In America the United States Military was also busily working on methods to improve military rations. Already by 1775 the Second Continental Congress had decreed that the Continental Army was to have a pint of milk and a ration of beans, peas, or vegetables in addition to their daily provision of meat and bread. The outbreak of the Civil War led to a number of formal scientific studies into the diet of soldiers. The eminent German-born chemist Eben Horsford (inventor of the modern formula for baking powder) developed a military ration for the Union Army that was considered the first practical individual ration due to its portability. Unfortunately it provided little nutritional value and was soon rejected. Various researchers continued their inquiries into military nutrition and continued to improve military rations for the U.S. military, but it was not until World War I that military nutrition became a formal concern with the creation of the Division of Food and Nutrition of the Medical Division, U.S. Army.
In 1917 U.S. Military troops overseas were provisioned with the generally adequate Pershing garrison rations when available. These however lacked meat and dairy products and were impractical as field rations due to their lack of portability. When troops did go into the field they were provisioned with the “Reserve Ration” consisting of a pound of meat (either bacon or jerky) and hard tack biscuits, while the “Reserve Ration” was a vast improvement over the previous “Iron Ration” it still did not provide an adequate balance of nutrition while troops were in the field and were intended strictly for consumption when troops were unable to access the garrison or camp kitchen. In 1938 the “Reserve Ration” was replaced by the famous C-ration, canned, pre-cooked, or prepared “wet” rations, that were intended for use when fresh food (A ration) or unprepared packaged food (B ration) were unavailable and when survival bars (D or K rations) were inadequate. The prevalence of the C-ration during World War II led to its notoriety and eventually, its infamy. Notoriously boring, C-rations consisted of two varieties the M-unit (meat variety) and B-unit (bread variety). Troops living for extended periods of time on C-rations complained of its monotony and the overly heavy weight of the cans in which they were packaged and researchers often noted that they did not provide an adequate variety of substantive nutritional content. In order to deflect these complaints the Quartermaster’s Branch, charged with providing nutrition to the U.S. Military, insisted that C-rations were only for short-term, infrequent use. Use of the C-ration continued until 1958 when it was replaced by the similar “wet” ration, the Meal, Combat, Individual (MCI) ration. The MCI proved to be only a modest improvement over the C-ration and was still widely despised by troops with particular disdain for certain entrees (the Ham & Lima Beans entree was referred to as Ham & Motherf****s). Like its predecessor the U.S. Military intended for the MCI ration to be used only infrequently, but in reality troops stationed in Vietnam often had to survive off of these hated rations for weeks at a time.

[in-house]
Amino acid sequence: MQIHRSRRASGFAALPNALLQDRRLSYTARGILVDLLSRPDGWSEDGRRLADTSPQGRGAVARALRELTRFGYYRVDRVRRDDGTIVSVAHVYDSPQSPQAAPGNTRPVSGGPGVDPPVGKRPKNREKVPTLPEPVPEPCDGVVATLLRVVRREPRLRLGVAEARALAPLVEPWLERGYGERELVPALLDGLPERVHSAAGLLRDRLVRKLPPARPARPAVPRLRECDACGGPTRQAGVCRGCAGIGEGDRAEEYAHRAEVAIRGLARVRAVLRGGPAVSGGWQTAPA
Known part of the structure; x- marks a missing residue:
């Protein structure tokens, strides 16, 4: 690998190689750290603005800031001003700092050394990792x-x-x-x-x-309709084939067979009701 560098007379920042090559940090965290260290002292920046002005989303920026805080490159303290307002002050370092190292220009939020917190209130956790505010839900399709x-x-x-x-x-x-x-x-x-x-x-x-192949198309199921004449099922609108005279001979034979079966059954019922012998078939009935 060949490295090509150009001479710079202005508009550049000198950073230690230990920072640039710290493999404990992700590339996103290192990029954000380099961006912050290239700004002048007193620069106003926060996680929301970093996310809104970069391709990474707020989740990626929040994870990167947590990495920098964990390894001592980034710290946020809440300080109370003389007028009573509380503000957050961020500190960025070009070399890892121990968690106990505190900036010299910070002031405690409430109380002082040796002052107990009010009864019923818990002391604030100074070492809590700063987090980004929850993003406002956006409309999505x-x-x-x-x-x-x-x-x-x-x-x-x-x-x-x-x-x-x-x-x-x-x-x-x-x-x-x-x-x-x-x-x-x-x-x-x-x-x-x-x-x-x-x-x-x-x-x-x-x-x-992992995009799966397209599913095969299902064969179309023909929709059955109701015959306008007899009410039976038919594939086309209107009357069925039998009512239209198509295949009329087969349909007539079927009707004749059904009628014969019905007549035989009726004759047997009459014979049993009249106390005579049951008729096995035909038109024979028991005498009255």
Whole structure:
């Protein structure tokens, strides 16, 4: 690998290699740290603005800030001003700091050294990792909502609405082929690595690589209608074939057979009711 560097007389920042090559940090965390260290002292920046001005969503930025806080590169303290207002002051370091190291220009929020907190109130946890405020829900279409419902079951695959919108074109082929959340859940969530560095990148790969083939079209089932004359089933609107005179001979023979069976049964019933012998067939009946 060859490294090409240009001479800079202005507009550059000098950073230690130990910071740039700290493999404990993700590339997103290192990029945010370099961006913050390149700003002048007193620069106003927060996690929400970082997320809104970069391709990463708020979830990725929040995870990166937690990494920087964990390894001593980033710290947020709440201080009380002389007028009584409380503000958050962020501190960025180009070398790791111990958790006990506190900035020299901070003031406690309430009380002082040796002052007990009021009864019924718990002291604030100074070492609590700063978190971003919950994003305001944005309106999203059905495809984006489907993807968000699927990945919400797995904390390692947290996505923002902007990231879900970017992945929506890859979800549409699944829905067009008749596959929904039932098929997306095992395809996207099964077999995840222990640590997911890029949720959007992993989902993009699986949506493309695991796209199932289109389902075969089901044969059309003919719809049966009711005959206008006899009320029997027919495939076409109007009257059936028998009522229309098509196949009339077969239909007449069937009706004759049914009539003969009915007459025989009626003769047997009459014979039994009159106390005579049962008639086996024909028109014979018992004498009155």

The MCI was the standard field ration for U.S. Military troops until 1975 when the Meal, Ready-to-Eat was finally developed and the Department of Defense made it the standard. The MRE immediately represented a vast improvement in portability and nutritional variety over the MCI, but early variations were still disliked for their poor taste and texture. Over the course of thirty-seven years private and U.S. Military researchers have managed to make MREs much tastier, a significant advance for Military ration technology. As technology improves one expects that the future of shelf stable military rations to be bright indeed.